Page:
If there was a donkey involved even its head would droop with exhaustion.
Then the inn keeper would take pity and reluctantly point the young couple in the direction of the rough stable round the back.
Maybe you’ve heard the story of Jimmy? He’d hoped to get the part of Joseph and was a bit miffed when he was cast as the innkeeper. Reluctantly he accepted the part.
When Mary and Joseph arrive at the inn Joseph says: “We’ve travelled far and are very tired. Have you any room?”
And Jimmy the innkeeper replies: “Yes, we’ve plenty of room, come on in”.
Well, it seems he might have been closer to the truth after all – a truth which has got lost in translation!
Because when Ibrahim, an Arab Christian, took us to the traditional site of Jesus’ birth, he mentioned in passing that English translations of the birth narratives have got it wrong.
The word which we translate as ‘Inn’ really means the family guest room in one of those traditional houses.
When extended, family gathered for a special occasion, they would be housed in an upper room set aside for guests.
It would be crowded and noisy, with little privacy.
It was a hospitable gesture to offer a space to the young woman downstairs in the quarters where the animals were housed.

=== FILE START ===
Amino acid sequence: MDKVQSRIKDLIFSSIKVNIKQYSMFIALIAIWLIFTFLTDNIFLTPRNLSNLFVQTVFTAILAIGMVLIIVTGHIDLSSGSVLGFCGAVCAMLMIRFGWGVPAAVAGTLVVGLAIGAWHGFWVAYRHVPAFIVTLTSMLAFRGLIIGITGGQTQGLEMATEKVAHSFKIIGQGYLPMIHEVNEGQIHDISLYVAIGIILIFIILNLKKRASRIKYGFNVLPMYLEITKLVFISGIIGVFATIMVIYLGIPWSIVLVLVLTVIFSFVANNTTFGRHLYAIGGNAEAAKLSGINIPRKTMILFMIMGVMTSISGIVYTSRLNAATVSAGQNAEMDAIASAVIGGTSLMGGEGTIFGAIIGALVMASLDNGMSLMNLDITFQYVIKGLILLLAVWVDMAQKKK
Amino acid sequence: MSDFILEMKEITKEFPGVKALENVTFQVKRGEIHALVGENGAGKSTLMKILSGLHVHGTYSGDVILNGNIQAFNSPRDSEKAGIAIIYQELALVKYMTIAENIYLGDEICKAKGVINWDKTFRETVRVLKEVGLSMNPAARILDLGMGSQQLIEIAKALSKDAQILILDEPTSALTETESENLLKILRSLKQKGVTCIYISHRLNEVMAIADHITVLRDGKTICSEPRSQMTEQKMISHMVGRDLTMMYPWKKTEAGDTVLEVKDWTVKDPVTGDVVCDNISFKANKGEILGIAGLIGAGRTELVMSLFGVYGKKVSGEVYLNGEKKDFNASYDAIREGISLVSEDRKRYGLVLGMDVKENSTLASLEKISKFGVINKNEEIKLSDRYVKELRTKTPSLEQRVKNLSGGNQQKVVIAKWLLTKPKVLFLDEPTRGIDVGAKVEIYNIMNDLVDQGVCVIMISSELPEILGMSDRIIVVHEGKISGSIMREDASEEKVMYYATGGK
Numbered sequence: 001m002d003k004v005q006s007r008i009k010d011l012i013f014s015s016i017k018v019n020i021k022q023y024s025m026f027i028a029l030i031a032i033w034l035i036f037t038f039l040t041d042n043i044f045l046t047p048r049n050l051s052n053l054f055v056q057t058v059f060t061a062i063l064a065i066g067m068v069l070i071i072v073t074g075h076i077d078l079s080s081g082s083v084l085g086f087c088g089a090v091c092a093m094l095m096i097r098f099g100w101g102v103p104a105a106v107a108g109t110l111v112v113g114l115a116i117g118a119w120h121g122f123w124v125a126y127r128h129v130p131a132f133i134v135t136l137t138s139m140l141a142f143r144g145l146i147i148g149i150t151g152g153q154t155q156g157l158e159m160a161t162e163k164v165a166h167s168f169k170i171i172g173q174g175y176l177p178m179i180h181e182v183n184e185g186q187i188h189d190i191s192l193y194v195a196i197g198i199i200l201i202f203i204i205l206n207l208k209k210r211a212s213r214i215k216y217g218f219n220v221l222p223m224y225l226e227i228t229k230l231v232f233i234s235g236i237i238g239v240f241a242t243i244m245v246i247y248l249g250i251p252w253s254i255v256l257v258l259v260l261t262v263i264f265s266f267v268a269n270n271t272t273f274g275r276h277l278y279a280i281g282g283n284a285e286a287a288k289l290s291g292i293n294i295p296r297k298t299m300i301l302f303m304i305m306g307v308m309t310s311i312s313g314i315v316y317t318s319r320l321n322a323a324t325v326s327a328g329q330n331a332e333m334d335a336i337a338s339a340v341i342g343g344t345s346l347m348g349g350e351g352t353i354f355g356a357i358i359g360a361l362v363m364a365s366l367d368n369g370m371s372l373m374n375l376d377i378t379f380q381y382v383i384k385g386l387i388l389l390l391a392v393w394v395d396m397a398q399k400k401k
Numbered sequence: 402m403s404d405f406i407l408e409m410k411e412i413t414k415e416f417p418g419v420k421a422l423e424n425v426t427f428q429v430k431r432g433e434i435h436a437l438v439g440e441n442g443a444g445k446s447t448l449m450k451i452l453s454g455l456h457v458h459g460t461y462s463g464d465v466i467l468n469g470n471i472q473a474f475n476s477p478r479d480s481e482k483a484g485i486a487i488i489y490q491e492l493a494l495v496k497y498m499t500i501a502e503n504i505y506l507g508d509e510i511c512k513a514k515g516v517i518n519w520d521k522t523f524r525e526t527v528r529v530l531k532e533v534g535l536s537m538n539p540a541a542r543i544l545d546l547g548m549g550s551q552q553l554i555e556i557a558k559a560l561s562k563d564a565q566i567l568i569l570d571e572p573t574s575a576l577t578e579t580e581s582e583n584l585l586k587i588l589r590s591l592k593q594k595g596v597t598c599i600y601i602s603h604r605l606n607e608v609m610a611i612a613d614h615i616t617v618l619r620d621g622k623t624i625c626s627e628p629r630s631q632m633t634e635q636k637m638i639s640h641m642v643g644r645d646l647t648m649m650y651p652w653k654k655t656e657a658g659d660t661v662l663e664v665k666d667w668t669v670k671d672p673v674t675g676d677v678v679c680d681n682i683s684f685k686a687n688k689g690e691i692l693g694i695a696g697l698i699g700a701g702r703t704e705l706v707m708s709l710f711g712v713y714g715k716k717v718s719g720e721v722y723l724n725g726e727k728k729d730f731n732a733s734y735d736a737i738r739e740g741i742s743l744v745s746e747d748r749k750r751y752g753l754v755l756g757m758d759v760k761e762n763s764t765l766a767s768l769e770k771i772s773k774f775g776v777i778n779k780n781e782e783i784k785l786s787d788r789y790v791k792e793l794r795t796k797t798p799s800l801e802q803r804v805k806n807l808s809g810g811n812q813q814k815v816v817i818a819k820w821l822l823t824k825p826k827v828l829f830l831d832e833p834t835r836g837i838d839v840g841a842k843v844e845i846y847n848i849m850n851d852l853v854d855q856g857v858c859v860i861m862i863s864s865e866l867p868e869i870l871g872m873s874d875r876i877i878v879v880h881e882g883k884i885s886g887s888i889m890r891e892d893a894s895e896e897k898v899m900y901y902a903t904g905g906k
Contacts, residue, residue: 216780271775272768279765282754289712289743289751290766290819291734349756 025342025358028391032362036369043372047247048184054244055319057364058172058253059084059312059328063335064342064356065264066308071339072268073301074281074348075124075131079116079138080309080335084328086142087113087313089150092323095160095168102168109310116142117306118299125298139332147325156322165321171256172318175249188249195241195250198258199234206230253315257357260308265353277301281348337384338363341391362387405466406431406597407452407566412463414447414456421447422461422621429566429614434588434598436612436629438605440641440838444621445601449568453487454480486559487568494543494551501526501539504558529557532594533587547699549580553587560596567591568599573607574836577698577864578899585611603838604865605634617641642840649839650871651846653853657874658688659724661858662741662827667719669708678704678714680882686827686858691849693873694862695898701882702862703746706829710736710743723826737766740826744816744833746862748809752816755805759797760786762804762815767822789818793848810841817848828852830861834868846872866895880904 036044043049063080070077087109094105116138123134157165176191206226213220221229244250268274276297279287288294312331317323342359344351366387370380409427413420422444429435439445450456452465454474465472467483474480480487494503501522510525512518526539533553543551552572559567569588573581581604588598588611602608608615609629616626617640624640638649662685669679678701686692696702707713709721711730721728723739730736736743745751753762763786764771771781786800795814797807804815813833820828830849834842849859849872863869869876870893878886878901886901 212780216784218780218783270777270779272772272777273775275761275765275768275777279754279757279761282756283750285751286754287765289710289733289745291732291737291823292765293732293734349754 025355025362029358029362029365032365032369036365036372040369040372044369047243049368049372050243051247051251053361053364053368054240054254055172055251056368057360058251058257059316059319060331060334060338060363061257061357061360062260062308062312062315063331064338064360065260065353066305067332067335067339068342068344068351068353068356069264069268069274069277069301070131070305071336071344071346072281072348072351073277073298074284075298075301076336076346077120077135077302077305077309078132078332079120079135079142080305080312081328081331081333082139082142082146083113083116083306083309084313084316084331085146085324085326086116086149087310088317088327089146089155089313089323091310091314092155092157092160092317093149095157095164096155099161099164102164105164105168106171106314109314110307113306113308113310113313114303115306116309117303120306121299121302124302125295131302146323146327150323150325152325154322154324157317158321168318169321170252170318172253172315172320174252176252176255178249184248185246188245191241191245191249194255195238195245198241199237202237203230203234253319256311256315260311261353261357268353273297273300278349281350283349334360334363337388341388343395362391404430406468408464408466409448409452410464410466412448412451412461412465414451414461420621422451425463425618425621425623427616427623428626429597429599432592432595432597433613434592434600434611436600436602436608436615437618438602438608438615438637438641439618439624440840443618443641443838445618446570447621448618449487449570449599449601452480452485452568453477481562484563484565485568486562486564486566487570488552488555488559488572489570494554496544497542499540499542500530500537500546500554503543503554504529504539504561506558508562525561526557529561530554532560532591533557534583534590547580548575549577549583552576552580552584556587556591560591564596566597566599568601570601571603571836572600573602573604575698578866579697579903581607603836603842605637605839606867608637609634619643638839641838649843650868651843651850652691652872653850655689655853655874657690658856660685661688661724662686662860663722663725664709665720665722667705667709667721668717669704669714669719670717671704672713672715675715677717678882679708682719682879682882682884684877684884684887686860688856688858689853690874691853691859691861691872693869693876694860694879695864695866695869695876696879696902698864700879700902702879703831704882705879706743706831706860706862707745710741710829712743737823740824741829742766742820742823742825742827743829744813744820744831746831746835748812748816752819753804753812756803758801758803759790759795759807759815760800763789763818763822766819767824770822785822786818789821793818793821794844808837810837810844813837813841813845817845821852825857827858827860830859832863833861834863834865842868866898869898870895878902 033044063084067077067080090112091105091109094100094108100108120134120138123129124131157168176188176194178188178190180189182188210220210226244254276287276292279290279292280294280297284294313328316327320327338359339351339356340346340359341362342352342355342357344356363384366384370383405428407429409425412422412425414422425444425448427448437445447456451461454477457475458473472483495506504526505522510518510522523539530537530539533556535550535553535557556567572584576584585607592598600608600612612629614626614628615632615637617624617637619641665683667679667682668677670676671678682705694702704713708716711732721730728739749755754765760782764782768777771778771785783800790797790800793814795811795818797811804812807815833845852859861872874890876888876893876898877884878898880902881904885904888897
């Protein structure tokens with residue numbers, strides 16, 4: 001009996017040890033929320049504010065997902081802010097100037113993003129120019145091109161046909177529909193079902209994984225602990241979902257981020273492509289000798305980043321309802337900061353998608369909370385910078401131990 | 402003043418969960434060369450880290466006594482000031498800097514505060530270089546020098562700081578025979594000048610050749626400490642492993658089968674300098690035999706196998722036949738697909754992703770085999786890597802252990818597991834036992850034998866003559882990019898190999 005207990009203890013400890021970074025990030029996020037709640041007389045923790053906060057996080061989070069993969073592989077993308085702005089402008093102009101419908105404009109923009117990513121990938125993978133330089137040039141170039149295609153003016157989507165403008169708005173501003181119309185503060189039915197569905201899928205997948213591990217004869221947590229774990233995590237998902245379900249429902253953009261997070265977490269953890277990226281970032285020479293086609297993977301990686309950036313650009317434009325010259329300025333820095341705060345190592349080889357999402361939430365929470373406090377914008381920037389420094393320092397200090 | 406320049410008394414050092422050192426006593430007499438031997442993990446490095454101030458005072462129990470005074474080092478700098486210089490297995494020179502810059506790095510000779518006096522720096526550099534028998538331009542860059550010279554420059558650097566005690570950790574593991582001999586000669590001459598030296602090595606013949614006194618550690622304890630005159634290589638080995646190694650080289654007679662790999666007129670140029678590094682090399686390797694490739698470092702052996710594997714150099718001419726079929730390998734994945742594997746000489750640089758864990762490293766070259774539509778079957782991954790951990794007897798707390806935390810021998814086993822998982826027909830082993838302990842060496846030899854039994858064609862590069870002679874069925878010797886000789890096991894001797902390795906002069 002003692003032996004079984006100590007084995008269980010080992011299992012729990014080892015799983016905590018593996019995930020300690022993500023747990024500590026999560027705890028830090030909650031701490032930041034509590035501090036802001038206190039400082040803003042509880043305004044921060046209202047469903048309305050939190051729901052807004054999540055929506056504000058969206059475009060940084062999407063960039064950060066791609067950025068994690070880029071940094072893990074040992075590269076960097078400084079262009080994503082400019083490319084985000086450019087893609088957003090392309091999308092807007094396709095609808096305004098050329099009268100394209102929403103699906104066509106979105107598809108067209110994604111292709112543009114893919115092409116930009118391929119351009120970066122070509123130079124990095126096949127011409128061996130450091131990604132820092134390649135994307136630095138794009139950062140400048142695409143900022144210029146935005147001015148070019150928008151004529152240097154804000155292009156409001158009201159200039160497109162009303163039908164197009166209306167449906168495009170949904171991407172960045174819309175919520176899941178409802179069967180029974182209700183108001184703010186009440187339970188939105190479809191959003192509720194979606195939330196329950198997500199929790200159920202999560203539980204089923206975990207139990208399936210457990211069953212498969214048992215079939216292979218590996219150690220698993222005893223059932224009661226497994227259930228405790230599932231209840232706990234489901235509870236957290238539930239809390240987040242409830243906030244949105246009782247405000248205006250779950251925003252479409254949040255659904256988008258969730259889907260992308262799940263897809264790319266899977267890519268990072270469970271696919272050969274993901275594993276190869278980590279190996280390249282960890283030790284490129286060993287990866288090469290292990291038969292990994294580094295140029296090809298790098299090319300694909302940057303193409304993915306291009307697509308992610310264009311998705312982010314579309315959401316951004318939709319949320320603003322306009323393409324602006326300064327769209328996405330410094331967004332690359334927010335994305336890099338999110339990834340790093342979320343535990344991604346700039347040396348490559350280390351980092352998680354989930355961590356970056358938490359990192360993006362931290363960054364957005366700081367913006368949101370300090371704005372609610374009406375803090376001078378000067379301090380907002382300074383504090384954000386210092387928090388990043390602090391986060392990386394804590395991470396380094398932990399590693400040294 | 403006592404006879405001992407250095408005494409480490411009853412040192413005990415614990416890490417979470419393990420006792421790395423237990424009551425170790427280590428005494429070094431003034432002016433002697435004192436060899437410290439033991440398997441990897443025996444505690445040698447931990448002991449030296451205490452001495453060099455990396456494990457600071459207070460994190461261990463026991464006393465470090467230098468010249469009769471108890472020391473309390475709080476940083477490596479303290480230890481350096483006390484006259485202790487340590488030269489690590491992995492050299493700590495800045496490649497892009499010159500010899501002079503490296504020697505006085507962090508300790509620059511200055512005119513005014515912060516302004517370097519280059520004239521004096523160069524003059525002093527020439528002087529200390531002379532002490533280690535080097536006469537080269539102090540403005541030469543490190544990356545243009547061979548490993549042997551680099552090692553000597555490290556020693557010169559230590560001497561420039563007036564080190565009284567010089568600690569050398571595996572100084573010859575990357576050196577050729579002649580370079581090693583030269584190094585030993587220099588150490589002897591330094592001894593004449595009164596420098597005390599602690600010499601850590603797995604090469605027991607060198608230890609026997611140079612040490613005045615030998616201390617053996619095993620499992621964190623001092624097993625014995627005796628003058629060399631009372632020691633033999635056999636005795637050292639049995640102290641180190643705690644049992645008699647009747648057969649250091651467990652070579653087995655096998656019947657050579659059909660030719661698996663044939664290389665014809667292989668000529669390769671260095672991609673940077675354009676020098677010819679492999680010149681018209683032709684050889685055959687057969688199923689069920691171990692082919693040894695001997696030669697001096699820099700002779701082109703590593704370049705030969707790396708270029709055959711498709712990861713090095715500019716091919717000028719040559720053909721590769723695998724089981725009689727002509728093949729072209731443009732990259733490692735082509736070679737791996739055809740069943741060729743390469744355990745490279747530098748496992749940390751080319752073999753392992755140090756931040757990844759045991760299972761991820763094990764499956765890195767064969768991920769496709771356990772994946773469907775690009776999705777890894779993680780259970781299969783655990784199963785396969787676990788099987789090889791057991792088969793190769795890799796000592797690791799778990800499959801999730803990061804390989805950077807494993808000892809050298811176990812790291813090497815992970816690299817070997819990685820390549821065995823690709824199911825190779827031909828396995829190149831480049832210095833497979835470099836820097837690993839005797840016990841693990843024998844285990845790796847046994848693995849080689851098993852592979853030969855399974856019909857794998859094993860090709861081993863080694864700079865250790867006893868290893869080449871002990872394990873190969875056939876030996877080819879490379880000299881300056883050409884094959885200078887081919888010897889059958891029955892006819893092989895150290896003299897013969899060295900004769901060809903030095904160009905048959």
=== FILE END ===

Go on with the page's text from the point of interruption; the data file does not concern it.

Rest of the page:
It would be warm, quiet, and easy for the women of the family to come and go as they assisted with the birth.
In just a few words Ibrahim recreated the entire nativity for us.
If Jesus was not born in a rough, lonely place, far from home, surrounded by strangers, but on the quiet fringes of a big family get-together, in a room apart from the communal living space; if he was nurtured and cherished, welcomed into his father’s family, what message does that have for us?
Instead of running with the shepherds, to greet the new-born baby, we’re the family living upstairs, amidst the bustle of a full house.
We know that a child is being born somewhere close by.
But we’re busy getting on with the chores – cooking the turkey;
doing the dishes; making up beds; greeting visitors; pouring the wine.
This new way of seeing the circumstances of Jesus’ birth has a message for us as church, about how we welcome people.
When we’re family there’s always room for one more.
We can always find space to fit everyone in, even though it’s a bed on the couch, or a mattress on the floor. We can always find enough food to feed another mouth.
If we’re truly the family of Christ, we will welcome all who come to us, and treat them, not just as honoured guests but as part of the family – one of us.
They won’t have to earn their place, follow our rules, or wait for a space to become vacant. They’ll be loved and accepted just as they are.
So this year let’s forget about the grumpy old innkeeper saying: “round the back”. He was never really there. Let’s remember that family in Bethlehem, welcoming their loved ones, who’ve travelled many weary miles over dusty roads to come home.
Like them, this year, may we open wide our hearts with love to welcome the Christ child home. Amen